Securing a tenure-track position is a time-consuming process. Statistics show that in recent times there has been an oversupply of research doctorates in comparison to the number of job openings in academia. Many researchers have the experience that doing everything to make yourself marketable—publishing in high impact-factor journals, presenting papers at conferences and meeting the right people, getting external grants and awards, and having teaching experience at different institutions—may not ease the way to an academic position.
Under the current competitive environment, what becomes most important is to identify what you are truly passionate about and capable of. Gauge your interests, understand your strengths and weaknesses, and then decide whether a long-term career in academia would be suitable for you.
How do you really feel about teaching, publishing, collaborating, and fund-raising? The "publish or perish" and "procure funding or perish" pressures are higher in academia than in industry. As tenure-track faculty you will be required to publish high-quality research in respectable journals very frequently. However, publishing may not be that essential in industry, though it would certainly improve your credentials.
Identify your strengths and interests. Do you see yourself as a person with people skills and the ability to strategize and execute? Will you be more comfortable in a job that offers quicker gains but low flexibility? If your response to both these questions is affirmative, you should explore options in industry. Science journalism and science policy-making are two such options that will allow you to remain connected with science without the pressures of running a research laboratory.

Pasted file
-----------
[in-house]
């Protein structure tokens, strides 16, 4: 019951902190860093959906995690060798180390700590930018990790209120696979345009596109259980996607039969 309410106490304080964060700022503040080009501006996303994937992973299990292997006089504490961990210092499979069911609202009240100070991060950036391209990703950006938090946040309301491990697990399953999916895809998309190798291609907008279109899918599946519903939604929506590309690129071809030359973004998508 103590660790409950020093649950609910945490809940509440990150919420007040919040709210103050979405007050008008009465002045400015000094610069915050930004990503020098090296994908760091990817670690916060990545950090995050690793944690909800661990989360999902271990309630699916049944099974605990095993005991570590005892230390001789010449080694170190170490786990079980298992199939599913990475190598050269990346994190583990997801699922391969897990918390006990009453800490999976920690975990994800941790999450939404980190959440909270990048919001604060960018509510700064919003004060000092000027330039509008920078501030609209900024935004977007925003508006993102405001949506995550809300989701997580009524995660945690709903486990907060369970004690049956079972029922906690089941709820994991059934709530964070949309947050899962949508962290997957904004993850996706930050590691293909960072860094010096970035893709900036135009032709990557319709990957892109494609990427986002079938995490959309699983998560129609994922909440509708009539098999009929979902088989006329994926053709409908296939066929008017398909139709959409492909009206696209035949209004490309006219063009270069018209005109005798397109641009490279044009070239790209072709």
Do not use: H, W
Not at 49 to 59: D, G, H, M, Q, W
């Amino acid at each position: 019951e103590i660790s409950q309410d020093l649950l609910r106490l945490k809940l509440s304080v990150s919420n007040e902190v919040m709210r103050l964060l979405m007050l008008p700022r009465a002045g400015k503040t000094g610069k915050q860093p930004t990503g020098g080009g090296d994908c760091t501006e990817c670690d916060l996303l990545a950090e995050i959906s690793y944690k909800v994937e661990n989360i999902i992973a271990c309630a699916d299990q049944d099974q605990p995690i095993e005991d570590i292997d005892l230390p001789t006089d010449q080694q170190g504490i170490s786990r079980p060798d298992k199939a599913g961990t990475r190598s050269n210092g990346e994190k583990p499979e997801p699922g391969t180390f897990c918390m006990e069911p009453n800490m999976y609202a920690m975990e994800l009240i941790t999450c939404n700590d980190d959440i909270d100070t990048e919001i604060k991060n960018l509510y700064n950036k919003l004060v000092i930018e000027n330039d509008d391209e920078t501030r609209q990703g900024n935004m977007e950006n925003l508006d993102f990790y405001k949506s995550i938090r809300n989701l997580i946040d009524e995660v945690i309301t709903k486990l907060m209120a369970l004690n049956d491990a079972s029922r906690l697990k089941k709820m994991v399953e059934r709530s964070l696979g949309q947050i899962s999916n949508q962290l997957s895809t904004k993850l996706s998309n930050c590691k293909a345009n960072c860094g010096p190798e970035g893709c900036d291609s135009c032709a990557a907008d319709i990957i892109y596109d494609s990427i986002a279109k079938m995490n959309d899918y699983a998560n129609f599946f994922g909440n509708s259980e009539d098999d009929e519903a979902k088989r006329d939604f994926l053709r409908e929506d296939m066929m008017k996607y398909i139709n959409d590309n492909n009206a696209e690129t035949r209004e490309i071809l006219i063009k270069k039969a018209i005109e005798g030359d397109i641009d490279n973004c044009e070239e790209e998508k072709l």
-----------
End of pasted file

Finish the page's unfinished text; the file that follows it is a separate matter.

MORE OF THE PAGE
Where do you see yourself after 10 years? According to an article in PLOS Computaional Biology, a decade in the life of a tenure-track faculty person would possibly include a lot of grant applications, maybe some great students, and really significant advances in science. On the other hand, in an industry it would encompass a few promotions, a climb up the managerial ladder, leading to your own group or department. It is up to you to consider these possibilities and identify what would give you more satisfaction and happiness in the long term.
I hope I was able to provide you a few points that you should consider before taking the final decision of continuing in academia or shifting to available alternative options in the research industry. However, my knowledge is mostly based on the academic structure/system in the West. If things are different in China, I would be interested to know. It would be great if you could share in the comments below.